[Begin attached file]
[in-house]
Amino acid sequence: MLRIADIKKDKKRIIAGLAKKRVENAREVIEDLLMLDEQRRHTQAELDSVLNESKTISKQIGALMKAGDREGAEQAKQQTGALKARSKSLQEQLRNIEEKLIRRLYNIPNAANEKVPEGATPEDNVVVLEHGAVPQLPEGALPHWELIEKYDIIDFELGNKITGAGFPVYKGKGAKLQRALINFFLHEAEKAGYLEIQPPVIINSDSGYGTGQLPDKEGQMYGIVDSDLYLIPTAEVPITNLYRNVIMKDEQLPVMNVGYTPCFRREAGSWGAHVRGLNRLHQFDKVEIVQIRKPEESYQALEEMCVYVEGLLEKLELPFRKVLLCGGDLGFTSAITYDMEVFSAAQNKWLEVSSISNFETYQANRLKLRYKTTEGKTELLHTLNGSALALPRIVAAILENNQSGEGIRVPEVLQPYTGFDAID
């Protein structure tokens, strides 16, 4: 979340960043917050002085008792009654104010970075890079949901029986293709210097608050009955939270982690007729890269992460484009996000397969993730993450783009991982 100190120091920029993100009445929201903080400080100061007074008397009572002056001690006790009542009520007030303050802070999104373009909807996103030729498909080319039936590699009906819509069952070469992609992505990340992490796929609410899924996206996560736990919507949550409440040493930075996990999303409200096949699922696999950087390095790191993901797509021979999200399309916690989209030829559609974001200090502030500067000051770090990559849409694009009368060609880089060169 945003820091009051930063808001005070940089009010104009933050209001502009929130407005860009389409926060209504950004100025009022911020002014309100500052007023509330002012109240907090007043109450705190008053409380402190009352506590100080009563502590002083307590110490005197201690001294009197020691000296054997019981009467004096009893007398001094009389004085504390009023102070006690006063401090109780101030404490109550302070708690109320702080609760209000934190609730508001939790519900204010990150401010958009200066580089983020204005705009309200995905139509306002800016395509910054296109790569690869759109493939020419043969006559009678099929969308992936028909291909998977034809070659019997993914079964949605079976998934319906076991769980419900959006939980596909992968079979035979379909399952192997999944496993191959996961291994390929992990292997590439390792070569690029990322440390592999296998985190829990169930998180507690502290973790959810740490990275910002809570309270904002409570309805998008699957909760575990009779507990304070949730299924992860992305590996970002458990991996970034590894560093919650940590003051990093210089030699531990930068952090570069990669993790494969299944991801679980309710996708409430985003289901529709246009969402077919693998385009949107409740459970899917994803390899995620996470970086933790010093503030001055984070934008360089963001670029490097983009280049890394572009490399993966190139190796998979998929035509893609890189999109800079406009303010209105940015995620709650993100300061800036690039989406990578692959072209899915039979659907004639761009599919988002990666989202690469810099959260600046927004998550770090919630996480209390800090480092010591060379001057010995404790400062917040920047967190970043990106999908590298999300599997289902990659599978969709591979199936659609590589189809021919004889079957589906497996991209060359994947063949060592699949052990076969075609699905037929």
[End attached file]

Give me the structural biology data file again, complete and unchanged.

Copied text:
[in-house]
Amino acid sequence: MLRIADIKKDKKRIIAGLAKKRVENAREVIEDLLMLDEQRRHTQAELDSVLNESKTISKQIGALMKAGDREGAEQAKQQTGALKARSKSLQEQLRNIEEKLIRRLYNIPNAANEKVPEGATPEDNVVVLEHGAVPQLPEGALPHWELIEKYDIIDFELGNKITGAGFPVYKGKGAKLQRALINFFLHEAEKAGYLEIQPPVIINSDSGYGTGQLPDKEGQMYGIVDSDLYLIPTAEVPITNLYRNVIMKDEQLPVMNVGYTPCFRREAGSWGAHVRGLNRLHQFDKVEIVQIRKPEESYQALEEMCVYVEGLLEKLELPFRKVLLCGGDLGFTSAITYDMEVFSAAQNKWLEVSSISNFETYQANRLKLRYKTTEGKTELLHTLNGSALALPRIVAAILENNQSGEGIRVPEVLQPYTGFDAID
């Protein structure tokens, strides 16, 4: 979340960043917050002085008792009654104010970075890079949901029986293709210097608050009955939270982690007729890269992460484009996000397969993730993450783009991982 100190120091920029993100009445929201903080400080100061007074008397009572002056001690006790009542009520007030303050802070999104373009909807996103030729498909080319039936590699009906819509069952070469992609992505990340992490796929609410899924996206996560736990919507949550409440040493930075996990999303409200096949699922696999950087390095790191993901797509021979999200399309916690989209030829559609974001200090502030500067000051770090990559849409694009009368060609880089060169 945003820091009051930063808001005070940089009010104009933050209001502009929130407005860009389409926060209504950004100025009022911020002014309100500052007023509330002012109240907090007043109450705190008053409380402190009352506590100080009563502590002083307590110490005197201690001294009197020691000296054997019981009467004096009893007398001094009389004085504390009023102070006690006063401090109780101030404490109550302070708690109320702080609760209000934190609730508001939790519900204010990150401010958009200066580089983020204005705009309200995905139509306002800016395509910054296109790569690869759109493939020419043969006559009678099929969308992936028909291909998977034809070659019997993914079964949605079976998934319906076991769980419900959006939980596909992968079979035979379909399952192997999944496993191959996961291994390929992990292997590439390792070569690029990322440390592999296998985190829990169930998180507690502290973790959810740490990275910002809570309270904002409570309805998008699957909760575990009779507990304070949730299924992860992305590996970002458990991996970034590894560093919650940590003051990093210089030699531990930068952090570069990669993790494969299944991801679980309710996708409430985003289901529709246009969402077919693998385009949107409740459970899917994803390899995620996470970086933790010093503030001055984070934008360089963001670029490097983009280049890394572009490399993966190139190796998979998929035509893609890189999109800079406009303010209105940015995620709650993100300061800036690039989406990578692959072209899915039979659907004639761009599919988002990666989202690469810099959260600046927004998550770090919630996480209390800090480092010591060379001057010995404790400062917040920047967190970043990106999908590298999300599997289902990659599978969709591979199936659609590589189809021919004889079957589906497996991209060359994947063949060592699949052990076969075609699905037929």